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MUMMIES LIKELY HAD EASY BUT SHORT LIVES

Four mummies in the Smithsonian Institution apparently were from the Egyptian elite thousands of years ago and probably enjoyed easy, comfortable but rather short lives, according to new X-ray studies.

The mummies, a woman, two men and a child, were put through a series of X-ray exams at George Washington University Hospital. Experts said evidence from their skeletons suggests they were healthy, well-fed and apparently not overworked during their lives along the Nile.The skeletons, lacking the strips of cloth expected in the classical image of mummies, were laid out in boxes and atop tables in the hospital's radiology department.

"These people were all of the middle to high status," said Dave Hunt of the Smithsonian. This is evident, he said, by the fact that all went through the elaborate and detailed mummification of the upper crust of Egyptian society.

The process caused their skin to turn a leathery brown, shrink and harden on their skeletons. The bones, for the most part, are well-preserved. The mummies grin at the world with perfectly aligned teeth in noseless, eyeless skulls.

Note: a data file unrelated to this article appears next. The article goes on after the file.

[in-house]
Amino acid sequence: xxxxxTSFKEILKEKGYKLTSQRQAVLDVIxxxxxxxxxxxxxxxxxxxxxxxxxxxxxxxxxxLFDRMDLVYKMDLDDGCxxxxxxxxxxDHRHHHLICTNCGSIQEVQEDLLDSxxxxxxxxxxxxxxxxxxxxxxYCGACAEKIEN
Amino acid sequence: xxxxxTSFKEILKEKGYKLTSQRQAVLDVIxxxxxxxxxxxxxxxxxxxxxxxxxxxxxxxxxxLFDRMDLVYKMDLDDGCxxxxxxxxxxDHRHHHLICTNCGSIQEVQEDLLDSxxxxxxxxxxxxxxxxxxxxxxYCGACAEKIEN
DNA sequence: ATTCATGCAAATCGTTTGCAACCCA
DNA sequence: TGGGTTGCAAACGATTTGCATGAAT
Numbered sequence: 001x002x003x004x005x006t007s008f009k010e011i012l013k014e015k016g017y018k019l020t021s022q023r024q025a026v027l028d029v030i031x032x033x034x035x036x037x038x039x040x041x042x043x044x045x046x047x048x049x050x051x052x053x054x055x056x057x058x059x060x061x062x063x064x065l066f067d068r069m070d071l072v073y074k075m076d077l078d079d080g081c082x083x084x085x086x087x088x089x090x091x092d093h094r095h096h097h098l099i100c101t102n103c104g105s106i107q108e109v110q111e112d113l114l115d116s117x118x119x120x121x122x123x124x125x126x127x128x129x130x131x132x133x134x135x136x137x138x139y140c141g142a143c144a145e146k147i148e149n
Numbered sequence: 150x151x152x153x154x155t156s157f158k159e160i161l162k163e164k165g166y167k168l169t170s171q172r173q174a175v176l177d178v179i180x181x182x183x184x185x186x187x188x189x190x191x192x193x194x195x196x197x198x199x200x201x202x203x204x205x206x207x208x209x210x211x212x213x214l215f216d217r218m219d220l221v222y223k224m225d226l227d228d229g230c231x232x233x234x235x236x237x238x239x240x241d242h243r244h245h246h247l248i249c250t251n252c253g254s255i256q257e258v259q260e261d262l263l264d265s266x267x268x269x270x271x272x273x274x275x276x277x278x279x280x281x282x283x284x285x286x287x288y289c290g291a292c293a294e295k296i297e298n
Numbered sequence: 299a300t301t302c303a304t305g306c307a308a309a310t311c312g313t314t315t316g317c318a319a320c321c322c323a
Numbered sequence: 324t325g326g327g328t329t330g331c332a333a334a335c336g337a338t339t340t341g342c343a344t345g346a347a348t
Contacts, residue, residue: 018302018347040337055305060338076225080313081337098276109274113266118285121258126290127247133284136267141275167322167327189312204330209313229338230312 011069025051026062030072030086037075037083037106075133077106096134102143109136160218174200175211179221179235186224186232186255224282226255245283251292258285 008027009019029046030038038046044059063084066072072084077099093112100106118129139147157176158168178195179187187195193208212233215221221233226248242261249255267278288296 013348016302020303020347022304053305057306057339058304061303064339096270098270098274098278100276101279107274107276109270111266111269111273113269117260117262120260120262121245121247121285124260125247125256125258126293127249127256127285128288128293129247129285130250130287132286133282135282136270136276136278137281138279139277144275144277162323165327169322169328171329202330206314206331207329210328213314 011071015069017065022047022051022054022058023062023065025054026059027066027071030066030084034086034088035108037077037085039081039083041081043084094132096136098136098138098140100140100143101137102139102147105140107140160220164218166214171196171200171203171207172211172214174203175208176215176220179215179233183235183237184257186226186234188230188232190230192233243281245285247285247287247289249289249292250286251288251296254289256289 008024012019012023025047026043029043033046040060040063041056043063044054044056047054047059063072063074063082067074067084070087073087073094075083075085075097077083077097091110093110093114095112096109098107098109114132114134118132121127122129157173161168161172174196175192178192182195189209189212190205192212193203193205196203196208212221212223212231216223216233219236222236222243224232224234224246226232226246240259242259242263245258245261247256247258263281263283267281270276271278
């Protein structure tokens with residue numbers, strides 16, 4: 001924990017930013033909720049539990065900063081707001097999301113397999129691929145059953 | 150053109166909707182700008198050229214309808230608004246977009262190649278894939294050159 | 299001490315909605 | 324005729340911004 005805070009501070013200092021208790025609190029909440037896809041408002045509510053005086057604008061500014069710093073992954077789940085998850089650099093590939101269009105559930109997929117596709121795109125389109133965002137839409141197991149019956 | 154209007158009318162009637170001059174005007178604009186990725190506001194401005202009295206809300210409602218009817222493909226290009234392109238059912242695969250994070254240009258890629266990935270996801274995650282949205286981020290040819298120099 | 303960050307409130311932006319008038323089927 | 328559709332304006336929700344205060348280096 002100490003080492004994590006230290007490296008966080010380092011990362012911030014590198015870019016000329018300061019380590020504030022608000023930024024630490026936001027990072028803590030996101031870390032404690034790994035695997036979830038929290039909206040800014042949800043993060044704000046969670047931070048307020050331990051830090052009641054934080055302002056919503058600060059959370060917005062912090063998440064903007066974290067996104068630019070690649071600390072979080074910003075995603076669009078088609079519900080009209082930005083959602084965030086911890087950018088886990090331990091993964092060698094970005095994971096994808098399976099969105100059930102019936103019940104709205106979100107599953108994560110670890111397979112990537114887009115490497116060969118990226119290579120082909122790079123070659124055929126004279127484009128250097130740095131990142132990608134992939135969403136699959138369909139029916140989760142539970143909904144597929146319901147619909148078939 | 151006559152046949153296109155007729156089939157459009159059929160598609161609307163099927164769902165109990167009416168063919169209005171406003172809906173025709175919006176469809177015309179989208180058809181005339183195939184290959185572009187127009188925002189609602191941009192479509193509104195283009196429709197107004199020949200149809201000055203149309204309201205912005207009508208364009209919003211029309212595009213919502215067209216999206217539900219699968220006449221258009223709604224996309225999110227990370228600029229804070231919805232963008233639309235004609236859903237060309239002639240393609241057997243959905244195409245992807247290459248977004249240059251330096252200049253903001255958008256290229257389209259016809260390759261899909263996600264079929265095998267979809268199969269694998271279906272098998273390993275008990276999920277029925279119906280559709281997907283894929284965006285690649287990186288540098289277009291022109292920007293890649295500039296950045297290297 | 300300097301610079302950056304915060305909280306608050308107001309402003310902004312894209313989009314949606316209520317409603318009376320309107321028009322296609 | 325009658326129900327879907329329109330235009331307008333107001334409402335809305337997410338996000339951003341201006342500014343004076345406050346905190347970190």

One has arms crossed at the chest, while the others lie with arms at the sides.

Some of the specimens have breaks caused by handling since their removal from Egyptian tombs many years ago, Hunt said, but all of their bones were intact in life and give no indication of the injury or disease that killed them.

"There is no evidence that they were in bad health," Hunt said. "All are nutritionally sound."

Nor is there evidence that the three adults ever had to work very hard. There are none of the bulky bones, small fractures or wearing skeletal injuries expected from prolonged physical exertion.

The only female in the group has the bones of a woman who died in her late 20s. She is thought to have lived as early as 4,000 years ago.

Hunt said the mummy with perhaps the highest status in the group was laid out inside a wooden sarcophagus that is elaborately decorated with painted symbols. The preserved body was identified as a male who lived around the years 300 to 150 B.C. and died in his mid-40s. There was no sign of injury.

"He apparently had a full life," said Hunt. "The life expectancy then was 40 to 45."

The other adult male apparently died in his mid-30s and is thought to have lived about 3,000 years ago.

Hunt said the child died at age 21/2 to 3 and also lived about 3,000 years ago. "The child appears to have been in very good shape," he said.